The Jigsaw Man by Nadine Matheson

Today I’m delighted to share my thoughts on The Jigsaw Man by Nadine Matheson, a tension packed serial killer thriller which as the author’s debut packs one heck of a punch. Nadine Matheson is also appearing on the panel for First Monday Crime on 1st March over on the FMC Facebook page so make sure to tune. My thanks to publishers HQ for the advance copy for review, here’s what it’s all about:

Source: Netgalley
Release Date; 18 February 2021
Publisher: Hq

About the Book

There’s a serial killer on the loose.

When bodies start washing up along the banks of the River Thames, DI Henley fears it is the work of Peter Olivier, the notorious Jigsaw Killer. But it can’t be him; Olivier is already behind bars, and Henley was the one who put him there.

The race is on before more bodies are found.

She’d hoped she’d never have to see his face again, but Henley knows Olivier might be the best chance they have at stopping the copycat killer. But when Olivier learns of the new murders, helping Henley is the last thing on his mind . . .

Will it take a killer to catch the killer?

Now all bets are off, and the race is on to catch the killer before the body count rises. But who will get there first – Henley, or the Jigsaw Killer?

My Thoughts

If you like your serial killer thrillers a little on the gruesome side, then The Jigsaw Man by Nadine Matheson may be just what you are looking for. Nothing in this book is unnecessarily gratuitous, with few exceptions we meet the victims after the fact, but the manner of death is without doubt macabre, and the implications of what is discovered by the police, somewhat unsettling. But it is thrilling and it is engrossing and this was a book that had me completely sucked in from the very beginning.

The book introduces readers to DI Anjelica Henley who has been on desk duties since she was viciously attacked whilst apprehending a suspect. Now this is one hell of a case to break her back into active duty as SIO, and one which triggers unwelcome memories bearing all the hallmarks of the case that nearly broke her. I liked Henley as a character. She is both tough and vulnerable, and as a black officer in the police, someone who is faced with a certain kind of prejudice. It is well balanced, a keen observation of how Henley is perceived and treated by people both as a woman and as a black officer, but it does not overly define her or the story. She makes mistakes, she is aware of her failings, but she is drive by a sense of justice. She’s an intriguing and authentically flawed character who I’m certainly looking forward to hearing more from.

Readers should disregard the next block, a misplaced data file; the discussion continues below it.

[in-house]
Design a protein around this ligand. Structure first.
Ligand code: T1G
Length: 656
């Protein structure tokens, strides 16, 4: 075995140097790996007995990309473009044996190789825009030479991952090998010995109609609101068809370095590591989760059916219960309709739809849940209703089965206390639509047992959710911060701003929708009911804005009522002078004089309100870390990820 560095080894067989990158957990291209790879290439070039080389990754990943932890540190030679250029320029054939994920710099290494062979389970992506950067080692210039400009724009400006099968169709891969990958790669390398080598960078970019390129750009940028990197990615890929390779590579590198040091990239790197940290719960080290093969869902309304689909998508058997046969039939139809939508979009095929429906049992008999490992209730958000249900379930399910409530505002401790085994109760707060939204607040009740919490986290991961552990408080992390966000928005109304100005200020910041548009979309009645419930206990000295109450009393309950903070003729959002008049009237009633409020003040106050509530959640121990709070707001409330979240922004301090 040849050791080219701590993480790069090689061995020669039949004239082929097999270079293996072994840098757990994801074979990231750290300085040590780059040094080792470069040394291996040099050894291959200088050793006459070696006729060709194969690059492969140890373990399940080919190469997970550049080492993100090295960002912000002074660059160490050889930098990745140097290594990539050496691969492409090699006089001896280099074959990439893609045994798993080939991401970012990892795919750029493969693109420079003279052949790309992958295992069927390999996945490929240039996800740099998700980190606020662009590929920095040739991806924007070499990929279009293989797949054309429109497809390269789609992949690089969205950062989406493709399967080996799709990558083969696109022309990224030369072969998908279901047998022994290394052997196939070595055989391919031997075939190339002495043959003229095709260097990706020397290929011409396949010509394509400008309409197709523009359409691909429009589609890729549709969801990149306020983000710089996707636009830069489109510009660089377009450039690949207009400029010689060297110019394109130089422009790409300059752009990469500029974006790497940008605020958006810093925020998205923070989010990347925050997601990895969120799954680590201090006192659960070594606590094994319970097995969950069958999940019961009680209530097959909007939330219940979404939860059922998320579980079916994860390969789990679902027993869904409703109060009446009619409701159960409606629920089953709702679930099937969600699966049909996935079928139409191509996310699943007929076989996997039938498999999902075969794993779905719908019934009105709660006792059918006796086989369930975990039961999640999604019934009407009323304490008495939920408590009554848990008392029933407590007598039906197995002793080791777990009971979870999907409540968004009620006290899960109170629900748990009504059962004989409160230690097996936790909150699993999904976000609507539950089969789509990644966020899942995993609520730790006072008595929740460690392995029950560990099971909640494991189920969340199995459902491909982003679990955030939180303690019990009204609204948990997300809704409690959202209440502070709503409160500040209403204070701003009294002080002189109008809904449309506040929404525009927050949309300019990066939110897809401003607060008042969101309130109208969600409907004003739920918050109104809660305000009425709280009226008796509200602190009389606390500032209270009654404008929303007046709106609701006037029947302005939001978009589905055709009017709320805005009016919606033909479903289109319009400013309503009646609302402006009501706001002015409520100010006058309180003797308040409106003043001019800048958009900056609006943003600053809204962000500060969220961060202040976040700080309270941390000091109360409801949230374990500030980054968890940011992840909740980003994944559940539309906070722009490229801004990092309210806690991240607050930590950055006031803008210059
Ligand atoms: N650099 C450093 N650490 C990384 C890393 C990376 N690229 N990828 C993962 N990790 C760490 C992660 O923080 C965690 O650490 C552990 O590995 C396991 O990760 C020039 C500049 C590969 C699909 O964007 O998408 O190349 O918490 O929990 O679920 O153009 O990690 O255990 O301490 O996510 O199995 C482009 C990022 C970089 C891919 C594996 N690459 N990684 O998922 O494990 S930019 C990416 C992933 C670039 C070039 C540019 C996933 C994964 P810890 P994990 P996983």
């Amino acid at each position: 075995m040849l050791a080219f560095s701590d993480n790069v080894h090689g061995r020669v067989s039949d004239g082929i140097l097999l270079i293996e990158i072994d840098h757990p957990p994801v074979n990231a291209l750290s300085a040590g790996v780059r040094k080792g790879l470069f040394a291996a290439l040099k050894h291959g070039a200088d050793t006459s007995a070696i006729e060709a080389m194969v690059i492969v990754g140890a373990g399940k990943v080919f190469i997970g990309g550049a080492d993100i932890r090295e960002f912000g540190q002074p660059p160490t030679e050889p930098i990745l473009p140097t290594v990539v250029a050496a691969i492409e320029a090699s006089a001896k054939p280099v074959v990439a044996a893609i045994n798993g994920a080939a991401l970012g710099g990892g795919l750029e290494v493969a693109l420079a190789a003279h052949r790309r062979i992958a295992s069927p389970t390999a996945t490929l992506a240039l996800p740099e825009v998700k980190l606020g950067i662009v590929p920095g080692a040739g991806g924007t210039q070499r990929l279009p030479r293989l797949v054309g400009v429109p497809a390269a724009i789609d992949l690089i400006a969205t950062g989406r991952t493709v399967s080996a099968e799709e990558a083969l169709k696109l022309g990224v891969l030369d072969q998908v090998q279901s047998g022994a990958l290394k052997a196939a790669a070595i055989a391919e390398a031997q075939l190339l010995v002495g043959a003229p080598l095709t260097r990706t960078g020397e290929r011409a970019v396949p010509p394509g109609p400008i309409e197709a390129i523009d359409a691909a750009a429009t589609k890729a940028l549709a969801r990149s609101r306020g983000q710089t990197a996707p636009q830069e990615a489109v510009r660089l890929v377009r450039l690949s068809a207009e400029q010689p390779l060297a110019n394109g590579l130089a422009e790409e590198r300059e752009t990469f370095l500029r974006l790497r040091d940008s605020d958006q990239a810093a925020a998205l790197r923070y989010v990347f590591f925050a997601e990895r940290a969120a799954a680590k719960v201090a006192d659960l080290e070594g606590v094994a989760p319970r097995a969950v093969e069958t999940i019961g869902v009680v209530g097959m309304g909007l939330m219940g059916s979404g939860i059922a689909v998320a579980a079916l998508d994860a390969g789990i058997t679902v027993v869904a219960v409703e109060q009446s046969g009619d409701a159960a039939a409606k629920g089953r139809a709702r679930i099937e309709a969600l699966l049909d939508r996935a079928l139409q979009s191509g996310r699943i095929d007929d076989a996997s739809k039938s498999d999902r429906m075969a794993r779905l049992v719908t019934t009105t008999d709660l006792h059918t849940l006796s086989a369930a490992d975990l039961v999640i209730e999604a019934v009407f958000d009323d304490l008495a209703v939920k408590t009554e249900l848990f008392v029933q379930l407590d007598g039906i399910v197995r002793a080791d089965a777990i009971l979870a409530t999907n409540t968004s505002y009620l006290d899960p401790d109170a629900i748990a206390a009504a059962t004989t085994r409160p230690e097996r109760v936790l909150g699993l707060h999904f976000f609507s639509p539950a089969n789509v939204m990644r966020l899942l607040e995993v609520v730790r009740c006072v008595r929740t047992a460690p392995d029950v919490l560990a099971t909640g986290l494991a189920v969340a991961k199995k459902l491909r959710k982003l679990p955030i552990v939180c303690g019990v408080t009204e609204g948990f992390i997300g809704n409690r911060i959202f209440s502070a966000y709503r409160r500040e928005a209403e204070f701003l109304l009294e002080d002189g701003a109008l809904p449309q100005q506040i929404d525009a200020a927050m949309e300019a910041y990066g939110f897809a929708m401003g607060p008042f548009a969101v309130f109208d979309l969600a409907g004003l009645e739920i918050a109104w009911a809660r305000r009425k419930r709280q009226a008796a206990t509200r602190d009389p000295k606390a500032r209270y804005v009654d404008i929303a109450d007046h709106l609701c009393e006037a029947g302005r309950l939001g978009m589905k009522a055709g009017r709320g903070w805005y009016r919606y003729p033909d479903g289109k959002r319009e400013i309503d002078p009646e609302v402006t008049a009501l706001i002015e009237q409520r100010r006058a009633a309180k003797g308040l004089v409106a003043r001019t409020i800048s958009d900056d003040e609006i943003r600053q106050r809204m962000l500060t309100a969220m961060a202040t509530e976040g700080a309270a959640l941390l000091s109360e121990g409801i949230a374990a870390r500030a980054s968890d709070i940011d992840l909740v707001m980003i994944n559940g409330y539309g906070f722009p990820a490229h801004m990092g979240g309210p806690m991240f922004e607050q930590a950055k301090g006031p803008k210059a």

This case is a complex and twisted one, with clear links to Henley’s last case but seemingly no logical way in which it can be. The perpetrator of those heinous crimes is behind bars, so it becomes a question of whether this could be a copycat or an accomplice. Henley’s greatest fear is in facing her attacker, the eponymous Jigsaw Killer, Peter Olivier, a character who is that special blend of charming and sinister. You can see the impact of his nature in the very early scenes in which we meet him, in the trust in which he is held in spite of his crimes and it is that which twists, grows and informs the direction of the story. He is definitely a character to be wary of, although there is also an almost sympathetic edge to the way in which he is portrayed. He is undoubtedly a cold blooded killer, but for the most part, there is a clinical nature to his behaviour which is almost understandable, if not forgivable.

In some ways this story reminds me of a couple of other books I had read before, which meant I had a fair idea of which direction the author was going to take the story, and a pretty good idea of who was behind the murders relatively early on. It didn’t mar my enjoyment of the story though and with a fast pace, an underlying and undulating tension and a real sense of jeopardy and threat throughout, I was glued to the pages as I powered through to the high stakes showdown. This was compelling read with characters I could both loathe and root for, as well as characters who left me completely exasperated. I am definitely looking forward to reading more from the author.

About the Author

Nadine Matheson was born and lives in London. She began her working life at the BBC and now practices as a criminal defence lawyer. In 2016, she won the City University Crime Writing Competition and completed the Creative Writing (Crime/Thriller Novels) MA at City University of London with Distinction in 2018.

About the Author

First Monday Crime is a regular monthly panel event featuring some of the top names in Crime fiction. This month the event takes place on 1st March at 19:30 over at the First Monday Crime Facebook Page. Featured this month are Nadine Matheson (The Jigsaw Man), Tim Glister (Red Corona), Abigail Dean (Girl A) and Femi Kayode (Lightseekers) all moderated by Leye Adenle.

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